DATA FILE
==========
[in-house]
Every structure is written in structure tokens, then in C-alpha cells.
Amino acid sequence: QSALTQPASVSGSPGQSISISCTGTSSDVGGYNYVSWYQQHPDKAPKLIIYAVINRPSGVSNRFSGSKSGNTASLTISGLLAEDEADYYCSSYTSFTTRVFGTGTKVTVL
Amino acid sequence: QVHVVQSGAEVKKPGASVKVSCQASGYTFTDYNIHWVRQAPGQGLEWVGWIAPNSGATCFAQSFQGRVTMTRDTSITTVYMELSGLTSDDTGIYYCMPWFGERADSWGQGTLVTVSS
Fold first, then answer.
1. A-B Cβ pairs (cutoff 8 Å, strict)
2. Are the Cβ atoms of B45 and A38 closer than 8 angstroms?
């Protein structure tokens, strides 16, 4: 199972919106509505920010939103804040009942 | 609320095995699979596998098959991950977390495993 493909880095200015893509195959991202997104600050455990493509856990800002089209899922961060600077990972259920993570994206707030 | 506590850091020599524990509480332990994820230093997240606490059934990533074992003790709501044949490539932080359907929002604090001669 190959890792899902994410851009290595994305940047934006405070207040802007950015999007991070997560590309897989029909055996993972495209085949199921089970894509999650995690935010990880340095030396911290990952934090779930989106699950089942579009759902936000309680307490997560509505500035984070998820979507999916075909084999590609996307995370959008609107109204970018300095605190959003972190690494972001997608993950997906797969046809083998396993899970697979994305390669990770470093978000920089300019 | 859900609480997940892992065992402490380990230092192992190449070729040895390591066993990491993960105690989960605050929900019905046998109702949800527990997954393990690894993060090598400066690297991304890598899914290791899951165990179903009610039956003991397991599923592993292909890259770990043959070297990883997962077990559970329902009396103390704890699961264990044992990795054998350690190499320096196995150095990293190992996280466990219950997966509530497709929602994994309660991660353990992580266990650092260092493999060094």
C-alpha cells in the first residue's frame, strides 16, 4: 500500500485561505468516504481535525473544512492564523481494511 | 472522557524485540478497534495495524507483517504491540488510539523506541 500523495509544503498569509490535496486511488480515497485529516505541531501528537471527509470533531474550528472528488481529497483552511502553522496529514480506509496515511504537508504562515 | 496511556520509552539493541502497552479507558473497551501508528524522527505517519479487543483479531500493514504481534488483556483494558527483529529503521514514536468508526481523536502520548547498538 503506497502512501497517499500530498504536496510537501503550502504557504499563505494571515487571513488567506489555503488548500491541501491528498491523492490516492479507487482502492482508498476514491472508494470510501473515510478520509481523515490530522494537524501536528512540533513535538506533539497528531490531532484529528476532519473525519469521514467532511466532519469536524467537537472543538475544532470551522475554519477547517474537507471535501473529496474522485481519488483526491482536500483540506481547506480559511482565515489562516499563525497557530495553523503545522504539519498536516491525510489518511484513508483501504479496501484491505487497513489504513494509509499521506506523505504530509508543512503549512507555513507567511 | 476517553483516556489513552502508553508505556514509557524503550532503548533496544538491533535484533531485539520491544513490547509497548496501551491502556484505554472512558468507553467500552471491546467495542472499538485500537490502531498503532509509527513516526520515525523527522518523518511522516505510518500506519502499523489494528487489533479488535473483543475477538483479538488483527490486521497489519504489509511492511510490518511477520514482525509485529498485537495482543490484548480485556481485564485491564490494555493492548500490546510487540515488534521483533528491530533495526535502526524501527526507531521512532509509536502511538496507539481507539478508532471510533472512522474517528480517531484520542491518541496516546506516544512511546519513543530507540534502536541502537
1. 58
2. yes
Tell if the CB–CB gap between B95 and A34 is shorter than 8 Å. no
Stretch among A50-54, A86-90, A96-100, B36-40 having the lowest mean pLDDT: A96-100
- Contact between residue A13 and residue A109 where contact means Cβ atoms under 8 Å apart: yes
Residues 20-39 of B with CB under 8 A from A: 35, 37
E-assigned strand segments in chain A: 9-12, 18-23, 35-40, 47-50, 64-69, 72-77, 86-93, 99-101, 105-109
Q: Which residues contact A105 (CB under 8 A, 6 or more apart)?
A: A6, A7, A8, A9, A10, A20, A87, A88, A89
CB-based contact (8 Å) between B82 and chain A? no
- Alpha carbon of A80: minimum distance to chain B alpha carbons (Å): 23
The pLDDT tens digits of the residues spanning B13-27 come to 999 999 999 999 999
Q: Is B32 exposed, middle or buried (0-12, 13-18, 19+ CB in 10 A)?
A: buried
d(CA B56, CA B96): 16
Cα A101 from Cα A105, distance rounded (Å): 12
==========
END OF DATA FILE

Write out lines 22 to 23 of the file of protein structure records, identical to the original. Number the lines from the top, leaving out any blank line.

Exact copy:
Q: Is B32 exposed, middle or buried (0-12, 13-18, 19+ CB in 10 A)?
A: buried